Plant hormones

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Related to Plant hormones: Plant growth regulators

Plant hormones

Organic compounds other than nutrients that regulate plant development and growth. Plant hormones, which are active in very low concentrations, are produced in certain parts of the plants and are usually transported to other parts where they elicit specific biochemical, physiological, or morphological responses. They are also active in tissues where they are produced. Each plant hormone evokes many different responses. Also, the effects of different hormones overlap and may be stimulatory or inhibitory. The commonly recognized classes of plant hormones are the auxins, gibberellins, cytokinins, abscisic acid, and ethylene. Circumstantial evidence suggests that flower initiation is controlled by hypothetical hormones called florigens, but these substances remain to be identified. A number of natural or synthetic substances such as brassin, morphactin, and other growth regulators not considered to be hormones nevertheless influence plant growth and development. Each hormone performs its specific functions; however, nearly all of the measurable responses of plants to heredity or environment are controlled by interaction between two or more hormones. Such interactions may occur at various levels, including the synthesis of hormones, hormone receptors, and second messengers, as well as at the level of ultimate hormone action. Furthermore, hormonal interactions may be cooperative, antagonistic, or in balance.

The term plant growth regulator is usually used to denote a synthetic plant hormone, but most of the synthetic compounds with structures similar to those of the natural hormones have also been called hormones. For instance, the synthetic cytokinin kinetin is considered a hormone. See Abscission

There are a number of applications of plant hormones in agriculture, horticulture, and biotechnology. Synthetic auxins are used as weed killers. Auxins are also used to counteract the effects of hormones that promote the dropping of fruit from trees. Gibberellins are used extensively to increase the size of seedless grapes: when applied at the appropriate time and with the proper concentration, gibberellins cause fruits to elongate so that they are less tightly packed and less susceptible to fungal infections. Gibberellins are also used by some breweries to increase the rate of malting because they enhance starch digestion. They have also been sprayed on fruits and leaves of navel orange trees to prevent several rind disorders that appear during storage. They are used commercially to increase sugarcane growth and sugar yields. Cytokinins and auxins are used in plant cell culture, particularly in cultivating genetically engineered plants. The ability of cytokinins to retard senescence also applies to certain cut flowers and fresh vegetables. Ethylene has been used widely in promoting pineapple flowering; flowering occurs more rapidly and mature fruits appear uniformly, so that a one-harvest mechanical operation is possible. Because carbon dioxide in high concentrations inhibits ethylene production, it is often used to prevent overripening of picked fruits. Ethylene is also used for accelerating fruit ripening. See Hormone, Plant growth, Plant physiology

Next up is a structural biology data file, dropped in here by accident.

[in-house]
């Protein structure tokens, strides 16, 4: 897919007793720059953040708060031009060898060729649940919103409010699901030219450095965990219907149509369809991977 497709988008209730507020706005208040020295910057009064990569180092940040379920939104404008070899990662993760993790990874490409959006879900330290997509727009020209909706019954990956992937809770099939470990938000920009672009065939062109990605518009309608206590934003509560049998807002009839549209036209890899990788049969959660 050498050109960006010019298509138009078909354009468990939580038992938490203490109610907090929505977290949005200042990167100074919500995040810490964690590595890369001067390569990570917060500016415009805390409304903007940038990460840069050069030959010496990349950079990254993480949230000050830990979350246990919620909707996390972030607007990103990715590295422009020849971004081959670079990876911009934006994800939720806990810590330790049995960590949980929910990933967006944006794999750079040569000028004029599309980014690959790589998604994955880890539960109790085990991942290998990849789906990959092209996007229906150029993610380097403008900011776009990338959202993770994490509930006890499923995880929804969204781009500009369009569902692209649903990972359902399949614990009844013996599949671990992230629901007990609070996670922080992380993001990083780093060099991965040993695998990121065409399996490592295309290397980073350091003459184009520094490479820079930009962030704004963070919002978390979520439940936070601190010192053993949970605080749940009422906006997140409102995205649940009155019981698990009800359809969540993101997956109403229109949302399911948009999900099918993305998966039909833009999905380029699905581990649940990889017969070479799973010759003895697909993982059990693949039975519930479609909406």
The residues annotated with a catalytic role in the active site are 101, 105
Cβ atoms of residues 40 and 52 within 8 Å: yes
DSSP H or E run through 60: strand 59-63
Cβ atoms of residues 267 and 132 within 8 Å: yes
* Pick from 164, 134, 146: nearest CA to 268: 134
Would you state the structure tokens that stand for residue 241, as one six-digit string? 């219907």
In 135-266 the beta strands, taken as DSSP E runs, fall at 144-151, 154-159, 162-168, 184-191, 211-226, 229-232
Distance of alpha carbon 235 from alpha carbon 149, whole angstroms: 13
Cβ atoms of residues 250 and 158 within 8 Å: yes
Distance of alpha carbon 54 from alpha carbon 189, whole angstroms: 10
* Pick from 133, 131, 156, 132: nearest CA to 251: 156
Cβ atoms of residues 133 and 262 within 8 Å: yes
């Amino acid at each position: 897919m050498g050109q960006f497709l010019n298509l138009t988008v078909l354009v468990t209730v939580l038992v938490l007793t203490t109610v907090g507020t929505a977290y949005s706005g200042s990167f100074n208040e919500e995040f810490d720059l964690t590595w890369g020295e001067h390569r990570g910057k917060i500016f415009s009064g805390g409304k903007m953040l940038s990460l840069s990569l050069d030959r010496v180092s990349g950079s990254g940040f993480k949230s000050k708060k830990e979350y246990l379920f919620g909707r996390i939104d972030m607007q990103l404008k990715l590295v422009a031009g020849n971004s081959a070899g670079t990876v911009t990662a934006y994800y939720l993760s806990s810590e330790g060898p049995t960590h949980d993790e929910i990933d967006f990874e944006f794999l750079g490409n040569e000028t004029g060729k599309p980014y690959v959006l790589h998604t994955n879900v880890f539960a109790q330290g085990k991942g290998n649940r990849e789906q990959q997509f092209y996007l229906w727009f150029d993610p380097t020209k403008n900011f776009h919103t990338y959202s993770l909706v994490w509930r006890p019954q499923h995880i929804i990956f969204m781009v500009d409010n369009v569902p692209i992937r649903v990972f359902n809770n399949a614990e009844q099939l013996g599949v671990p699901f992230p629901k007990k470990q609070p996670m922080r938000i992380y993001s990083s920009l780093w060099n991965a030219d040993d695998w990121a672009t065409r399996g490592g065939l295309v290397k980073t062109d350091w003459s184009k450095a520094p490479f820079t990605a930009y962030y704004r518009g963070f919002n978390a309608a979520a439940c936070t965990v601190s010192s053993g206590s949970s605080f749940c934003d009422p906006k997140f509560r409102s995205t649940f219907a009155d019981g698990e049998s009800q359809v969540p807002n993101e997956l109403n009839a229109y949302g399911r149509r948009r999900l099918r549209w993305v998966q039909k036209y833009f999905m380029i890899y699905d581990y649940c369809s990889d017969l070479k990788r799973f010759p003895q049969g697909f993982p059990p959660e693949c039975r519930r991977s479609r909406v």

References in periodicals archive ?
The effect of plant hormones on cell cycle progression has been studied in various monocots and dicots (see Table 3) and it was found that linker histone H1 phosphorylation plays a significant role in this response.
The earliest recorded observation leading to the discovery of plant hormones is that of Charles Darwin.
Two other plant hormones, auxin and gibberelic acid, remained unchanged throughout berry development.
discuss each of the six classes of plant hormones, the history involved in their discovery, and their effect on specific physiological processes.
Gibberellins are a group of thirty or more closely related plant hormones that promote cell enlargement, often causing dramatic increases in plant height.
And ,partly as a result of the BSE scare, more people are eating soya, as a meat substitute, that contains female plant hormones.
Several plant hormones also have a significant effect on pigmentation during the postharvest period, especially ethylene and cytokinins.
The study did not draw conclusions from the survey findings, saying the high levels of vitellogenin could have resulted from sources other than endocrine disrupters, such as female sex hormones from humans and livestock, or plant hormones from animal feed.
An opportunity to dissect genetically the interactions between plant hormones in the regulation of plant growth and plant water relations under water deficits is lost in the classification of hormone-deficient and -insensitive mutants of Arabidopsis in terms of the relatively obscure phenotypes of "drought escape", "drought tolerance", and "drought rhizogenesis".
A team of University of Missouri plant physiologists has discovered how key plant hormones help plants deal with drought.
Other reported CCC uses include the separation of agricultural chemicals and plant hormones, antibiotics, drug metabolites, dyes, fatty acids, glycosides, lipids, and flavinoids.